Choosing the Right Regressors

Talk at PIDE Nurturing Minds Seminar on 29th Nov 2017. Based on “Lessons in Econometric Methodology: Axiom of Correct Specification”, International Econometric Review, Vol 9, Iss 2. Serious mistakes in modern econometrics arise from adoption of wrong methodology. For more discussion of this aspect, see this same post, with a preface, on my new blog: An Islamic WorldView

Conventional econometric methodology, as taught in textbooks, creates serious misunderstandings about applied econometrics. Econometricians try out various models, select one according to different criteria, and then interpret the results. The significance of the fact that interpretations are only valid if the model is CORRECT are not highlighted in textbooks. The result is that everyone presents and interprets their models as if the model was correct. This relaxed assumption – that we can assume correct any model that we put down on paper, subject to minor checks like high R-squared and significant t-stats – leads to dramatically defective inferences. In particular, ten different authors may present 10 different specifications for the same variable, and each may provide an interpretation based on the assumption that his model is correctly specified. What is not realized is that there is only one correct specification, which must include all the determinants as regressor, and also exclude all irrelevant variables (though this is not so important). This means that out of millions of regressions based on different possible choices of regressors, only one is correct, while all the rest are wrong. Thus all 10 authors with 10 different specifications cannot be right – at most one of them can be right. In this particular case, we could see at least 90% of the authors are wrong. This generally applies to models published in journals – the vast majority of different specification must be wrong.
Now the question arises as to how much difference this Axiom of Correct Specification makes. If we can get approximately correct results, then perhaps the current relaxed methodology is good enough as a beginning point. Here the talk/paper demonstrates that if one major variable is omitted from the regression model, than anything can happen. Typically, completely meaningless regressors will appear to be significant. For instance, if we regress the consumption of Australia on the GDP of China, we find a very strong regression relationship with R-squared above 90%. Does this means that China’s GDP determines 90% of the variation in Australian consumption. Absolutely not. This is a nonsense regression, also known as a spurious regression. The nonsense regression is cause by the OMISSION of an important variable – namely Australian GDP, which is the primary determinant of Australian Consumption. A major and important assertion of the paper is that the idea that nonsense regressions are caused by INTEGRATED regressors is wrong. This means that the whole theory of integration and co-integration, developed to resolve the problem of nonsense regression, is searching for solutions in the wrong direction. If we focus on solving the problem of selecting the right regressors – ensuring inclusion of all major determinants – then we can resolve the problem of nonsense or meaningless regressions.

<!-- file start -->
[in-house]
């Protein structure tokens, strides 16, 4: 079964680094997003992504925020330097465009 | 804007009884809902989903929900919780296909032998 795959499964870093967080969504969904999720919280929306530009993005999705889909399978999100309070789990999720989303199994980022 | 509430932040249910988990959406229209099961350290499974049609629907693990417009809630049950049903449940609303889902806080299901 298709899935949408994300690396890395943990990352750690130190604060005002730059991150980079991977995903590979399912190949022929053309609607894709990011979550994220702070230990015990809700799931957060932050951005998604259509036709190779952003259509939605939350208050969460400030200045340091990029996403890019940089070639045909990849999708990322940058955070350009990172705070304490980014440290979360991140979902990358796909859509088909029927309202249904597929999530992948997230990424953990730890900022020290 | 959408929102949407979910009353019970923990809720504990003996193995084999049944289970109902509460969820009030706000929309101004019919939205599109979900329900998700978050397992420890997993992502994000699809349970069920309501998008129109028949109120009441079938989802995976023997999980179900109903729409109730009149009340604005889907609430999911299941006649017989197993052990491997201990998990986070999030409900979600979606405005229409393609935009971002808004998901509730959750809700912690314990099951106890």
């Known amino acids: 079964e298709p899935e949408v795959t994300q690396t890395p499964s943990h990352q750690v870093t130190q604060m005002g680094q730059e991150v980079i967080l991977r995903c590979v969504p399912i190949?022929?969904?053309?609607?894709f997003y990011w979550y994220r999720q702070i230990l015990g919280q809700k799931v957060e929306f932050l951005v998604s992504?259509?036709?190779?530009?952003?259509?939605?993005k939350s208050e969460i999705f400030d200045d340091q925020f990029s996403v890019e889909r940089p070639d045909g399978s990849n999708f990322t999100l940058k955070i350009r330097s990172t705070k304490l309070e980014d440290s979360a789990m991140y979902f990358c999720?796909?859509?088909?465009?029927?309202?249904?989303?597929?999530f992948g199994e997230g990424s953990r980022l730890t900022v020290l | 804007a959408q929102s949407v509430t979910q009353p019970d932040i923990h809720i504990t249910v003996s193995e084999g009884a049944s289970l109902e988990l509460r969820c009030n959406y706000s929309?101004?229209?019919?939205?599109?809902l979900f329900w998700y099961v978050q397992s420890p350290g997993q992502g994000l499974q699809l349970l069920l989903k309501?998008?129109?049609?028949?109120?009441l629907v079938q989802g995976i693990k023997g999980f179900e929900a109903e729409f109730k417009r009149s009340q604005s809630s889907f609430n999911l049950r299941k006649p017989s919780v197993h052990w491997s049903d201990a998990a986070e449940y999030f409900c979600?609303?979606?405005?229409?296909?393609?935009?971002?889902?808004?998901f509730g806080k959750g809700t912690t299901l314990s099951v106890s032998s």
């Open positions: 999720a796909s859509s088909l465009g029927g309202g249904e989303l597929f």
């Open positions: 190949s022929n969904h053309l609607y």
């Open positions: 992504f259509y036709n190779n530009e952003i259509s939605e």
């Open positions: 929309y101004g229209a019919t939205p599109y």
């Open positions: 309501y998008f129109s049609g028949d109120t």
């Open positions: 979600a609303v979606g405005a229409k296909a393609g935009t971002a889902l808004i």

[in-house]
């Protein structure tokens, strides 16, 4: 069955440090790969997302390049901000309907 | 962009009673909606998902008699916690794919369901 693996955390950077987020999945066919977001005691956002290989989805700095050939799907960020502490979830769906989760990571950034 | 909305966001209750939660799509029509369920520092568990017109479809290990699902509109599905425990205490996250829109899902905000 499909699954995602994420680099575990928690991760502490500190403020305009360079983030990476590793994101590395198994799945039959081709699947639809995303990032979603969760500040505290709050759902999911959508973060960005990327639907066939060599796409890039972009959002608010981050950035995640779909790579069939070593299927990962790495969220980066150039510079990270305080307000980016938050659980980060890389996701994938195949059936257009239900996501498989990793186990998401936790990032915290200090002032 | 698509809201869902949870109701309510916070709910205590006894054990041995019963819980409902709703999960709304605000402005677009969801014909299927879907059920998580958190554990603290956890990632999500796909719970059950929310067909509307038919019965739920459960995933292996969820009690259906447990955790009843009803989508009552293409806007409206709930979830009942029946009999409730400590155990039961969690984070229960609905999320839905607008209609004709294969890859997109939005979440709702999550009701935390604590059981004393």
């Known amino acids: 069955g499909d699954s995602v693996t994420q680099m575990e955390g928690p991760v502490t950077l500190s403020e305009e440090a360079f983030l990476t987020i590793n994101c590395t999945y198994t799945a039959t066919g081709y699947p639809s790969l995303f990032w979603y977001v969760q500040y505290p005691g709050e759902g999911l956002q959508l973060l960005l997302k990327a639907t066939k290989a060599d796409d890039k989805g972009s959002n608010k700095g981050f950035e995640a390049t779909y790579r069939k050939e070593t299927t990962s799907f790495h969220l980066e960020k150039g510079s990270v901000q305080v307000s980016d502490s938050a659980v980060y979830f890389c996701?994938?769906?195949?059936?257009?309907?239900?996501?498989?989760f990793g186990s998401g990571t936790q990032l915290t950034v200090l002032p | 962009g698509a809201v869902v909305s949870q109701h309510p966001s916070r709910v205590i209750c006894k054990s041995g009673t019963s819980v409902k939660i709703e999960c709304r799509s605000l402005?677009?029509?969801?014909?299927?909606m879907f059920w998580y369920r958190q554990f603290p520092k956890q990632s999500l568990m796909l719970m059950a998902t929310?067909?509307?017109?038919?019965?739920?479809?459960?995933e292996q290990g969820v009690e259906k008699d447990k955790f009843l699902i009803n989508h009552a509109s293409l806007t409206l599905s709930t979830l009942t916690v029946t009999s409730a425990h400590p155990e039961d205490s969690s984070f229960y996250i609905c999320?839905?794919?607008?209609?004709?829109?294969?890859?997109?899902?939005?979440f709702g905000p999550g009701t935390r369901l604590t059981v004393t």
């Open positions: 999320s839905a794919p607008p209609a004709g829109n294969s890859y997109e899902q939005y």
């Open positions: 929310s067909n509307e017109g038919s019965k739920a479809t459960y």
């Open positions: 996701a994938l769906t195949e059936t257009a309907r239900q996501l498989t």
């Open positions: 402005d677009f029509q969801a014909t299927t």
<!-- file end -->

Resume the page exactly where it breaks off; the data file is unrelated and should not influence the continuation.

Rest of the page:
Next we discuss how we can ensure the inclusion of all major determinants in the regression equation. Several strategies currently in use are discussed and rejected. One of these is Leamer’s strategy of extreme bounds analysis, and some variants of it. These do not work in terms of finding the right regressors. Bayesian strategies are also discussed. These work very well in the context of forecasting, by using a large collection of models which have high probabilities of being right. This works by diversifying risk – instead of betting on any one model to be correct, we look at a large collection. However, it does not work well for identifying the one true model that we are looking for.
The best strategy currently in existence for finding the right regressors is the General-to-Simple modeling strategy of David Hendry. This is the opposite of standard simple-to-general strategy advocated and used in conventional econometric methodology. There are several complications in applying this strategy, which make it difficult to apply. It is because of these complications that this strategy was considered and rejected by econometrician. For one thing, if we include a large number of regressors, as GeTS required, multicollinearities emerge which make all of our estimates extremely imprecise. Hendry’s methodology has resolved these, and many other difficulties, which arise upon estimation of very large models. This methodology has been implemented in Autometrics package within the PC-GIVE software for econometrics. This is the state-of-the-art in terms of automatic model selection, based purely on statistical properties. However, it is well established that human guidance, where importance of variables is decided by human judgment about real-world causal factors, can substantially improve upon automatic procedures. It is very possible, and happens often in real world data sets, that a regressor which is statistically inferior, but is known to be relevant from either empirical or theoretical considerations, will outperform a statistically superior regressor, which does not make sense from a theoretical perspective. A 70m video-lecture on YouTube is linked below. PPT Slides for the talk, which provide a convenient outline, are available from SlideShare: Choosing the Right Regressors. The paper itself can be downloaded from “Lessons in Econometric Methodology: The Axiom of Correct Specification

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